R. Lipschutz proves that tractates were structured and organized before the final redacting work of R. Yehuda Ha-nasi.  At the very end of Kelim (30:4), R. Yossi says, “Fortunate are you, [tractate] Kelim, that you entered with impurity and leave with purity,” thereby noting that the tractate begins with a list of the sources of ritual impurity and ends with a case where a glass vessel is pure.  R. Yossi lived before R. Yehuda HaNasi and yet his comment refers to Kelim as a defined work with a beginning and an end.  Apparently, a work called Kelim had achieved a structured form before Rebbi’s finishing efforts (Boaz 30:2).  Here, it must be admitted that R. Lipschutz’s awareness is not unique, since R. Akiva Eger and others took note of this as well.


            In several places in the Talmud, the gemara solves a problem by arguing that “chasurei mechasera,” the mishna is missing some words.  What does this answer truly mean?  In some cases, we can interpret the phrase literally: some mishnaic words got lost in the copying process over the years.  However, it is difficult to say this each time the phrase appears.  After all, supplying missing words is too easy a way to solve every difficulty.  Tosafot (Shabbat 102a) suggest another model in which we do not emend the text of the mishna but contend that the missing words are actually implicit in the text.  According to this understanding, missing words reflect not a scribal error but a concise mishna that assumes the reader will fill in the blank.  Another understanding appears in the introduction to R. Yisrael from Shklov’s Pe’at Ha-shulchan.  He cites his teacher, the Gra, who explained that the gemara wanted to rule in accordance with another Tannaitic source which contradicts the mishna and it chose to forcefully read the halakhically correct position into the mishna as well.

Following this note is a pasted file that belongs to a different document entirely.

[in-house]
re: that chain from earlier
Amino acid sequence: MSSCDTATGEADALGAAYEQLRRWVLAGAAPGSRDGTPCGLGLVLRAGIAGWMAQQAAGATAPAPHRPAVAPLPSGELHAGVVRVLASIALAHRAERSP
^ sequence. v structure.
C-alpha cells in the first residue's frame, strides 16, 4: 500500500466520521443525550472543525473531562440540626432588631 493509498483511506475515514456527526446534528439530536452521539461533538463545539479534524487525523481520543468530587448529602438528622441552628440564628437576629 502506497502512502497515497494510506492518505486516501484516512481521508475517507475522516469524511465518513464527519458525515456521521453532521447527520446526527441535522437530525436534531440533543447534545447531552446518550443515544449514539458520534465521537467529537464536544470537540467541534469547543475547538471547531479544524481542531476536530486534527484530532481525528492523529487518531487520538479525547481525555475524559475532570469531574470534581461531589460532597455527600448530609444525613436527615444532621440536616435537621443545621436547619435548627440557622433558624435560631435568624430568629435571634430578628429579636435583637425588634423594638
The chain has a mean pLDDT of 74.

R. Lipschutz adds his own unique contribution to this question.  He suggests that mishnayot were recited in a concise form to help create a rhythmic pattern that facilitates memorization.  Added words would just complicate matters for those trying to memorize.  Interestingly, he adds that the same reason could also explain some extraneous words or superfluous cases, since additions can also serve to preserve the musical rhythm of the mishna (Boaz, Arakhin 4:1).  I do not know whether this theory is correct as an understanding of chasurei mechasera but it does show a sharp understanding of oral culture.  Walter Ong writes: “Protracted orally based thought, even when not in formal verse, tends to be highly rhythmic, for rhythm aids recall” (Orality and Literacy [London, 1982], p. 34).